After the Middle Ages, nobody remembered the trail anymore. Until the outlaw Fjalla-Eyvindur and his wife, Halla settled near a hot spring in the mid-eighteenth century.
Until this day, the Kjalvegur is a rocky dirt road used by hikers and horse-riders.10 Meanwhile, let’s just imagine there might be some Vikings among the ghosts on the trail…
7. The Viking Ghosts of Lindholm Høje
Definitely eerie is the first cemetery on the list, Lindholm Høje in Denmark. It dates back to the Vendel period (before the Viking Age) and has many Viking Age burials with stones, some in the shape of boats (up 130!), and cremations.11
You will bump into a few Viking ghosts should you choose to wander here around at night… or Halloween! But there are no recorded apparitions of Vikings or gory tales. Just whispers of rumours…
6. Chingle Hall, Lancashire
In 1260, Adam de Singleton built a house in Goosnargh called Chingle Hall. Today, experts consider it the most haunted house of Lancashire. One can write a book about the dark history of the house itself. For our hauntings, we stick to the wooden beams.
Wooden beams, you say? Yes. Scientists have studied these supporting beams and confirmed them as Norwegian oak. Which, of course, leads to the comfortable conclusion that the wood came from a wrecked Viking longship found in nearby Ribble Valley.12
I can reassure you that nothing about this story is traceable as a fact. Apart from the house.
5. Viking ghosts of Bloody Corner
And in the winter of this same year the brother of Ingwar and Healfden landed in Wessex, in Devonshire, with three and twenty ships, and there was he slain, and eight hundred men with him, and forty of his army. There also was taken the war-flag, which they called the Raven.13The Anglo-Saxon Chronicle for the year 878.
Those who walk the North Devon beaches on a clear night – will hear the battle noises and see the shadows of fighting warriors.16
These hauntings are part of a trail of conflicting sources and studies until the present day. Local historians claim the site at Bloody Corner as the place where Hubba the Dane died fighting a local earl. A certain Charles Chappel and later Terry Bailey raised commemorative stones for Hubba and the battle.14 However, as yet, archaeology debunks the myth of Hubba being slain on the road between Appledore and Northam. Excavations on-site point toward a later battle fought in 1069 rather than Hubba and his men.15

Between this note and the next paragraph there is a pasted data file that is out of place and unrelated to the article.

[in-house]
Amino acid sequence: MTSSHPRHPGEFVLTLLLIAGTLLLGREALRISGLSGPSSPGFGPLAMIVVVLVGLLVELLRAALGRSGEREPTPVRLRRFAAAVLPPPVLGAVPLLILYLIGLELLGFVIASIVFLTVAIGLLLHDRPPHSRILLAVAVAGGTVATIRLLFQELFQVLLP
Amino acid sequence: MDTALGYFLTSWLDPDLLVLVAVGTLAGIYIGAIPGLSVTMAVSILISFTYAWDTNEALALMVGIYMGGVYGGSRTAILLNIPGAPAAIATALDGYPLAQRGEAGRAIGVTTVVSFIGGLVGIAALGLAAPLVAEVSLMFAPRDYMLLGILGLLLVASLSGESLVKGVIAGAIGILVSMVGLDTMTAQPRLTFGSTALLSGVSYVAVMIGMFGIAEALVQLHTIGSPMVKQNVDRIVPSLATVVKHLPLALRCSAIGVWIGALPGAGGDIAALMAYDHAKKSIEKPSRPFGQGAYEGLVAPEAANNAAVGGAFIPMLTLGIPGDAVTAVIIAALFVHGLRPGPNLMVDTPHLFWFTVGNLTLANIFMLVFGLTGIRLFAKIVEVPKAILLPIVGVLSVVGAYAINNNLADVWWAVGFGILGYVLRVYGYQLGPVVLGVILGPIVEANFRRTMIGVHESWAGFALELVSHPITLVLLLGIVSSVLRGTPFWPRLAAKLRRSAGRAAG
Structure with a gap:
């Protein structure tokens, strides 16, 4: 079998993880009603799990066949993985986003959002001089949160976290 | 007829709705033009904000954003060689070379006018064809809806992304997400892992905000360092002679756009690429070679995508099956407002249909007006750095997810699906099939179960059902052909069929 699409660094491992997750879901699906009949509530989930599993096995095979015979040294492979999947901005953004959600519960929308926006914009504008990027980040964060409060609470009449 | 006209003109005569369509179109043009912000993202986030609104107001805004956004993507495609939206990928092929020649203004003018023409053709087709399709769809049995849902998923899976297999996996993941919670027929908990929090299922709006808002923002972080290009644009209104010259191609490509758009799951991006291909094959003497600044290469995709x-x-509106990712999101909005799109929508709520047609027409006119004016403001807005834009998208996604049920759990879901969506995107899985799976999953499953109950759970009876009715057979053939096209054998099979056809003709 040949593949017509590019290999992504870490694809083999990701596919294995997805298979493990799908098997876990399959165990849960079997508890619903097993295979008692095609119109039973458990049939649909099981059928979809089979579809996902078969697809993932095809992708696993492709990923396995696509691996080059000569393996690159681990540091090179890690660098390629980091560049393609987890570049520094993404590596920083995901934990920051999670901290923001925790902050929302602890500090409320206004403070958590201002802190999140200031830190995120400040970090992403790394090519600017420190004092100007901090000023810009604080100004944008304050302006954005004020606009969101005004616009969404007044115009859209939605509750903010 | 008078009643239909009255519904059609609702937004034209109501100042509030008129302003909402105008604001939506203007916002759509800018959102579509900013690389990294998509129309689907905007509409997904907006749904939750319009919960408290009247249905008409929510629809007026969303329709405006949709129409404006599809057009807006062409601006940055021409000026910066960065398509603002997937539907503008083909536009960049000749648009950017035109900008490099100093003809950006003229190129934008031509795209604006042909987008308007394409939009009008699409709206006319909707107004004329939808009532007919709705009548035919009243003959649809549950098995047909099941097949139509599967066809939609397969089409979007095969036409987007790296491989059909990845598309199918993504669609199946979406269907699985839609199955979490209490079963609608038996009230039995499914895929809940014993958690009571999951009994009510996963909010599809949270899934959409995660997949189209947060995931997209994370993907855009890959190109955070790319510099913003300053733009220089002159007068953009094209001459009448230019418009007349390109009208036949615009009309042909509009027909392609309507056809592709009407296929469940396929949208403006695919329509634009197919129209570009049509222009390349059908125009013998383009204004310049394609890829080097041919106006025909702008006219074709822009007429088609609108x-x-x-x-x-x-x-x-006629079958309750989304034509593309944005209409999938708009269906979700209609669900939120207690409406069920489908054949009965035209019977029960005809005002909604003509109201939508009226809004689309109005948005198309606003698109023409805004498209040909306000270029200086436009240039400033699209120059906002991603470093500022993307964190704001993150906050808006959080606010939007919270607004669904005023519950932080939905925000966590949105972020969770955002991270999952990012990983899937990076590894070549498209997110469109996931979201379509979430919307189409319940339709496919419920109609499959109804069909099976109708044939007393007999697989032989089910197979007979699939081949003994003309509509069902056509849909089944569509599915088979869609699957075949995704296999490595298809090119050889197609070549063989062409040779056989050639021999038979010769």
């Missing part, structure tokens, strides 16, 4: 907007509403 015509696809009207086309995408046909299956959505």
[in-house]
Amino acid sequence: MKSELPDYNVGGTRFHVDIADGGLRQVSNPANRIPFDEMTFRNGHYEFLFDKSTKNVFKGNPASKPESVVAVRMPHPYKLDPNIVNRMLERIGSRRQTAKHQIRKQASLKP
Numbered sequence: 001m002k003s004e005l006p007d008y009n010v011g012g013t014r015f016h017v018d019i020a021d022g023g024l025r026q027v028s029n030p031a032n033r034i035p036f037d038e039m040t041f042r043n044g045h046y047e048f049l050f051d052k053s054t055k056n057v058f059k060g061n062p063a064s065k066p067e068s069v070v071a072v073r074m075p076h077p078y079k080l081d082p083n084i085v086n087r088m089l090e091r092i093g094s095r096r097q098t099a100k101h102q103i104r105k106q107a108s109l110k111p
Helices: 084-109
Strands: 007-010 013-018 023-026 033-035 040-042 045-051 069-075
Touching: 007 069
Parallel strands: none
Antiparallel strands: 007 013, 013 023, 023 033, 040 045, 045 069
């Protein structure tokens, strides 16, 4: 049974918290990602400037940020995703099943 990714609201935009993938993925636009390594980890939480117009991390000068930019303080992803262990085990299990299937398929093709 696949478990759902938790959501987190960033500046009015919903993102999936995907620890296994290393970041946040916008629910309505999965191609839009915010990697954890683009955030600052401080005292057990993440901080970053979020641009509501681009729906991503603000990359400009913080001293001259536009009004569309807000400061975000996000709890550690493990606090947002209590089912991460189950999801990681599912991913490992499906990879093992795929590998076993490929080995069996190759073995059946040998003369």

4. Coppergate Shopping Mall, York
The ultimate ghost town in Britain must be York. And it has very strong ties with Vikings and a turbulent history throughout the Viking Age. Medieval sources overflow with events and recordings of Vikings.
The spectacular excavation in the 1970s revealed even more about Viking Age York. After the dig was finished, the Coppergate Shopping Centre emerged over the site. And that’s when the hauntings begin… the ghosts were not pleased… and the shop owners have suffered the consequences:
Doors were mysteriously wrenched off their hinges; and Marks & Spencer’s seems to have unwittingly recruited shelf-stackers from “the other side”, and the regular staff have had to get used to goods being moved overnight from one part of the store to another.17
But wait, there’s more: “Here are told many stories of bearded Vikings appearing, lights going off on their own and things brushing past shop assistants.”18
Another Viking phantom in York, is the Viking warrior who haunts the areas around St Saviour’s Church on St Saviourgate. Fallen during the battle of Fulford Cross? Who knows…19
3. The Viking of Canvey Point
A Viking ghost also haunts the area at Canvey Point, the Thames estuary near Essex and reportedly walks the mudflats on a regular basis. Descriptions in books talk of a tall, fierce-looking warrior complete with beard and long moustache, clad in Viking Age armour with his sword hanging and clanking from his belt.